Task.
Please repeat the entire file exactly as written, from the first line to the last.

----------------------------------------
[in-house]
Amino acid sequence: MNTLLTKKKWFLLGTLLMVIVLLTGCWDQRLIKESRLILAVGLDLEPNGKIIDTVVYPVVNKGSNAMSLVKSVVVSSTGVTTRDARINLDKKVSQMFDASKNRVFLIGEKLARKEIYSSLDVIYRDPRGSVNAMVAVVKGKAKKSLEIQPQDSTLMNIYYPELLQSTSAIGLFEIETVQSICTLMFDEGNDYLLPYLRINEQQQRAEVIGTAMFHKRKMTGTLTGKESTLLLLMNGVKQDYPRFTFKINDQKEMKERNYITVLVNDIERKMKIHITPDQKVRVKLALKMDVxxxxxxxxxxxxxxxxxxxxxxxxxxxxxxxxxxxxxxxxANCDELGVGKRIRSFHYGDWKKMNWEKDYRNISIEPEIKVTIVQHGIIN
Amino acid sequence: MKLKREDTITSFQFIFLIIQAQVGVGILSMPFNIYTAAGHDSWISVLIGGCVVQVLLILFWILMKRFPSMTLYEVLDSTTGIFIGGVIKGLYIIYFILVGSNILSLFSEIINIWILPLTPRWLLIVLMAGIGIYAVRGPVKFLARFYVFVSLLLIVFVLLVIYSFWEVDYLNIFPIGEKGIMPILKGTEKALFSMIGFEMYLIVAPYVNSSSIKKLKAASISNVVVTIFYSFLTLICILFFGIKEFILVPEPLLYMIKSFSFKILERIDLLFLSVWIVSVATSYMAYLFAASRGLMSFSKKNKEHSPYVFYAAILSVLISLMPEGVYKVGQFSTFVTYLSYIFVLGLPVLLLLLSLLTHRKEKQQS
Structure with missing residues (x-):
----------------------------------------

[in-house]
Amino acid sequence: MNTLLTKKKWFLLGTLLMVIVLLTGCWDQRLIKESRLILAVGLDLEPNGKIIDTVVYPVVNKGSNAMSLVKSVVVSSTGVTTRDARINLDKKVSQMFDASKNRVFLIGEKLARKEIYSSLDVIYRDPRGSVNAMVAVVKGKAKKSLEIQPQDSTLMNIYYPELLQSTSAIGLFEIETVQSICTLMFDEGNDYLLPYLRINEQQQRAEVIGTAMFHKRKMTGTLTGKESTLLLLMNGVKQDYPRFTFKINDQKEMKERNYITVLVNDIERKMKIHITPDQKVRVKLALKMDVxxxxxxxxxxxxxxxxxxxxxxxxxxxxxxxxxxxxxxxxANCDELGVGKRIRSFHYGDWKKMNWEKDYRNISIEPEIKVTIVQHGIIN
Amino acid sequence: MKLKREDTITSFQFIFLIIQAQVGVGILSMPFNIYTAAGHDSWISVLIGGCVVQVLLILFWILMKRFPSMTLYEVLDSTTGIFIGGVIKGLYIIYFILVGSNILSLFSEIINIWILPLTPRWLLIVLMAGIGIYAVRGPVKFLARFYVFVSLLLIVFVLLVIYSFWEVDYLNIFPIGEKGIMPILKGTEKALFSMIGFEMYLIVAPYVNSSSIKKLKAASISNVVVTIFYSFLTLICILFFGIKEFILVPEPLLYMIKSFSFKILERIDLLFLSVWIVSVATSYMAYLFAASRGLMSFSKKNKEHSPYVFYAAILSVLISLMPEGVYKVGQFSTFVTYLSYIFVLGLPVLLLLLSLLTHRKEKQQS
Structure with missing residues (x-):